The car used in this review was rented on my own budget.

The 2009 Mercedes-Benz C300 is apparently a “sports sedan.” This means it is a luxury car that is not a land yacht that still seats four (or five) people.

Mercedes C300

Unfortunately, the interface the car presents to the driver is terrible.

The cruise control stalk is right by the turn signal stalk. If you are turning and using your fingers to activate the turn signal during the rotation of the steering wheel (as if approaching a stoplight at the bottom of an off-ramp), you risk activating the cruise control.

There’s controls on the steering wheel that work the display in the middle of the instrument cluster. However, in the non-AMG car, it’s just trip info and a clumsy way to control the radio and phone systems.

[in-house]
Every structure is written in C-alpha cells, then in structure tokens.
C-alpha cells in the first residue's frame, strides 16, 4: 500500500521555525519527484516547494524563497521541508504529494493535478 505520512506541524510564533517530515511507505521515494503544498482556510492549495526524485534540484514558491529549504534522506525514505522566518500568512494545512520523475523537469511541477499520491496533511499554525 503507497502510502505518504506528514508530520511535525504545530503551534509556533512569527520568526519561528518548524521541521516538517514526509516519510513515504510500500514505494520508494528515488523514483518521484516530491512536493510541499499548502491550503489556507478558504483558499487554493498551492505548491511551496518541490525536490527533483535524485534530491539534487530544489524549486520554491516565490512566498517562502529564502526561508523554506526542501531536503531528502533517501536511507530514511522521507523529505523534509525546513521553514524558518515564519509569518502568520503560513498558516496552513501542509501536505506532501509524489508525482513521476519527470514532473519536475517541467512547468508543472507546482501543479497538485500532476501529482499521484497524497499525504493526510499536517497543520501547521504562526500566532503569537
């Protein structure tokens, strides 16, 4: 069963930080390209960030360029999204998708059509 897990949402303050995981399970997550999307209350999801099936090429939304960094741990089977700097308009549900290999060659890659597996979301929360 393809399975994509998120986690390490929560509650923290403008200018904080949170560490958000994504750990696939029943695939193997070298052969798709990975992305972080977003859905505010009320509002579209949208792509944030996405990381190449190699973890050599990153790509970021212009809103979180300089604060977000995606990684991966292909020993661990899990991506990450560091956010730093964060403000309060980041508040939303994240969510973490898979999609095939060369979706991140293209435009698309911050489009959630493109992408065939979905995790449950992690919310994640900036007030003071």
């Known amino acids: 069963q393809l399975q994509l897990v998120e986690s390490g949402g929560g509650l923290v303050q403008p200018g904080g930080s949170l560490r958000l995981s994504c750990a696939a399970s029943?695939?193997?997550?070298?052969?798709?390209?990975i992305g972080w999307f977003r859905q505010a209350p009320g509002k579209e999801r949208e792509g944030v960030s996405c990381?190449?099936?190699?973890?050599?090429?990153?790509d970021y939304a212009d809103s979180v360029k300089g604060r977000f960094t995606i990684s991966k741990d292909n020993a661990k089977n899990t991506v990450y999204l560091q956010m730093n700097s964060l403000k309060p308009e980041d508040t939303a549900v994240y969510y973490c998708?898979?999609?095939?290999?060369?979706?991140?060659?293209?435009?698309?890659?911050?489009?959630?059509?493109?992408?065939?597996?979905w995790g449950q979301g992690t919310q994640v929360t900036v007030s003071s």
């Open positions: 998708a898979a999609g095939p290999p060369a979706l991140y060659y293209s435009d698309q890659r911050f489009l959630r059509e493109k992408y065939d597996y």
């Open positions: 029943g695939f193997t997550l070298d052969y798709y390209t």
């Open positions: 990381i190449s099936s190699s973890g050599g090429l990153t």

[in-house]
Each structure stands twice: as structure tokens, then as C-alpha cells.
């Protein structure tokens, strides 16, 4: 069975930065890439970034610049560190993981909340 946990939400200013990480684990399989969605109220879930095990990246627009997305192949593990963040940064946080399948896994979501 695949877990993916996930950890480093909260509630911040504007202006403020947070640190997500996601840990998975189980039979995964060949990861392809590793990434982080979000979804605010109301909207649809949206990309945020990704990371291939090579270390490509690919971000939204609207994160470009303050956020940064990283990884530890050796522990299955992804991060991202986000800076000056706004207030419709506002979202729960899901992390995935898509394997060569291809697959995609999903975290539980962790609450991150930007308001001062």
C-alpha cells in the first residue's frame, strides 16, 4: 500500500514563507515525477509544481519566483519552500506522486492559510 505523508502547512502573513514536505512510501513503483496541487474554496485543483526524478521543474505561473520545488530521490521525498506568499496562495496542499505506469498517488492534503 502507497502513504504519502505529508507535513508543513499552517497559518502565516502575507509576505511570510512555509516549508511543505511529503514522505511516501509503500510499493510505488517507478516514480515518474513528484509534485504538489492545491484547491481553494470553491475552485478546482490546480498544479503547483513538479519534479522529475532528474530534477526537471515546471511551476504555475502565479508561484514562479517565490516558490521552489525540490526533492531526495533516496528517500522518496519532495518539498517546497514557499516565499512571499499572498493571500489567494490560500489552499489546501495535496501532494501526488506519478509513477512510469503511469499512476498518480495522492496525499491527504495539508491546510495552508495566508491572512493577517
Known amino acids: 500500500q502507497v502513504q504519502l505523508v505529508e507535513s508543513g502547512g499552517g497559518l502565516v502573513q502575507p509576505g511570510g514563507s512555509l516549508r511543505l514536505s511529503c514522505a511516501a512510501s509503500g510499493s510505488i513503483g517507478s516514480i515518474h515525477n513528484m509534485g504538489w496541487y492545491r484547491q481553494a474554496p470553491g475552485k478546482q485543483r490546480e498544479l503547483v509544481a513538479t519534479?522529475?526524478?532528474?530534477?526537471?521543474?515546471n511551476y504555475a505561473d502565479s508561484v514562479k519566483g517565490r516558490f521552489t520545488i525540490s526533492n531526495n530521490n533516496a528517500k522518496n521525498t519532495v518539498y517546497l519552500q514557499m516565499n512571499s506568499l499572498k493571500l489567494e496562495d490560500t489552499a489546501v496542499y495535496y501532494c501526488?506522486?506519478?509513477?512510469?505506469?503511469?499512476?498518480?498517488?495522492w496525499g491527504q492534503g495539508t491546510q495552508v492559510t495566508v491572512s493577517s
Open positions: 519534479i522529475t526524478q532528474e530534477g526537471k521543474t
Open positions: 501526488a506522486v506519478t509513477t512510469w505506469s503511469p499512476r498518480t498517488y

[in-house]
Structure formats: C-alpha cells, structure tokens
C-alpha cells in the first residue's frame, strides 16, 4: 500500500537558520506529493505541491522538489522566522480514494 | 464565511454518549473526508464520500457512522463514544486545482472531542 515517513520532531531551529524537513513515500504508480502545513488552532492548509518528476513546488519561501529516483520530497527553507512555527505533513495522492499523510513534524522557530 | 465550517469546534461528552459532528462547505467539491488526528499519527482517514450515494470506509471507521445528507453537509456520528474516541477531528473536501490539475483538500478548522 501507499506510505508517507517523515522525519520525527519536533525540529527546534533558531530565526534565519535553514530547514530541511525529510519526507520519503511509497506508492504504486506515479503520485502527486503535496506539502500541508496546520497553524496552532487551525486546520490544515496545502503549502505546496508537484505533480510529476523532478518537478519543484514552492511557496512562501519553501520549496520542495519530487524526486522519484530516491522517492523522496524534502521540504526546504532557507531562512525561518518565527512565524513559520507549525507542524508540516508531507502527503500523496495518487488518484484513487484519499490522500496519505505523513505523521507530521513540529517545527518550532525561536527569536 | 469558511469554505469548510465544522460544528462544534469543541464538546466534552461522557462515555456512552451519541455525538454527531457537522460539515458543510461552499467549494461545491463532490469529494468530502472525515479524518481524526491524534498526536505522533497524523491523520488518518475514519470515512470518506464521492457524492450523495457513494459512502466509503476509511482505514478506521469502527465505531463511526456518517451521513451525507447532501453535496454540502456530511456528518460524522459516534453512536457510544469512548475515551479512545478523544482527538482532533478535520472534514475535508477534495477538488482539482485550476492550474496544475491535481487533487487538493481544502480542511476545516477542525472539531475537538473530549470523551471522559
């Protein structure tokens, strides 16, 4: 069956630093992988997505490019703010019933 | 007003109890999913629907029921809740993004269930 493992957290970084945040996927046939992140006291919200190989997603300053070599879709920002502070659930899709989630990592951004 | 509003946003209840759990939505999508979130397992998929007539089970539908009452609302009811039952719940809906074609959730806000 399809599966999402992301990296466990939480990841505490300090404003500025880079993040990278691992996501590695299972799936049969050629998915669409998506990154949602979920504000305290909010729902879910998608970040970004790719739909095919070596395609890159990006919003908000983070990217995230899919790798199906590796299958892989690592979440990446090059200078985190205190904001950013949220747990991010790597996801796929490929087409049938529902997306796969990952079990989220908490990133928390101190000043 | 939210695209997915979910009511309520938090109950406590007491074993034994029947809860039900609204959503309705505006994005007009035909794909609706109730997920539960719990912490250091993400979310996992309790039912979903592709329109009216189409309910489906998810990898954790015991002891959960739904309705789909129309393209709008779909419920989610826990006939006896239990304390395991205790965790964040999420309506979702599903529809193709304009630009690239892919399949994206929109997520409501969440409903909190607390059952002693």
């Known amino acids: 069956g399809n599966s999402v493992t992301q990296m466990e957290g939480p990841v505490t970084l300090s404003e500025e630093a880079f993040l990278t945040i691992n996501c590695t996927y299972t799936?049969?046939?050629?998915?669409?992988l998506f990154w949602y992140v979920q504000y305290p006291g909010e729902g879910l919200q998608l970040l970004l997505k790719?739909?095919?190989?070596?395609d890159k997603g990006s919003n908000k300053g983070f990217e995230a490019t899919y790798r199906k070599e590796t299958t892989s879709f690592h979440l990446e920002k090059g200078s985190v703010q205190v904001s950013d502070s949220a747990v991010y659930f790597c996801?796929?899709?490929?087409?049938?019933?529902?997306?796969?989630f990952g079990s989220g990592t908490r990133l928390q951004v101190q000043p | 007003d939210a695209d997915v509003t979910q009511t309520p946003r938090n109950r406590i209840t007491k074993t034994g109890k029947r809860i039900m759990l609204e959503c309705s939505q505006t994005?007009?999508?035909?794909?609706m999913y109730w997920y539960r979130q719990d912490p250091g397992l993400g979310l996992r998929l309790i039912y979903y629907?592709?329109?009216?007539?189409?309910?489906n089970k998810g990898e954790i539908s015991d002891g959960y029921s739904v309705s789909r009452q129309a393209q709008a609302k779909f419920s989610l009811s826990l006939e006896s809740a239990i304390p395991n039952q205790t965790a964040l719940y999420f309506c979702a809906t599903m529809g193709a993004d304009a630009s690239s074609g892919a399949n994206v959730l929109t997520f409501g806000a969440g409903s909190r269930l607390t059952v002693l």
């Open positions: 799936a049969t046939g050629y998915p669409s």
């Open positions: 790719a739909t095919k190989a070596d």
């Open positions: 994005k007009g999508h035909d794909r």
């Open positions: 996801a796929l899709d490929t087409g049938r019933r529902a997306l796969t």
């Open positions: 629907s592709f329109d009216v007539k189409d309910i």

There’s a big audio head unit in the middle of the center console with more than twenty buttons on it. To use it, you have to first open up a little concealed screen above the vents, and most of it you can actually do with a knob that rotates, moves four directions, clicks, and has two more buttons next to it down by the gear shift. (The steering wheel controls are just a secondary way to use the audio system, and are navigated completely differently)

The version I rented did not have iPod support, and the analog-in jack is way off on the far side of the glove box. The Bluetooth support is for phones only, and it was kind of clumsy to get it set up with the audio UI too.

The car is fast enough for city driving, handles well enough for city driving in the rain, and is extremely comfy inside. The traction control isn’t obnoxious either.

Also, it’s got Mercedes-Benz badging all over that, so if you know people who are easily impressed (and won’t know what the C-class is), that’s a plus.

But short of impressing people, there’s nothing that the C300 does that other cars don’t do better at similar prices.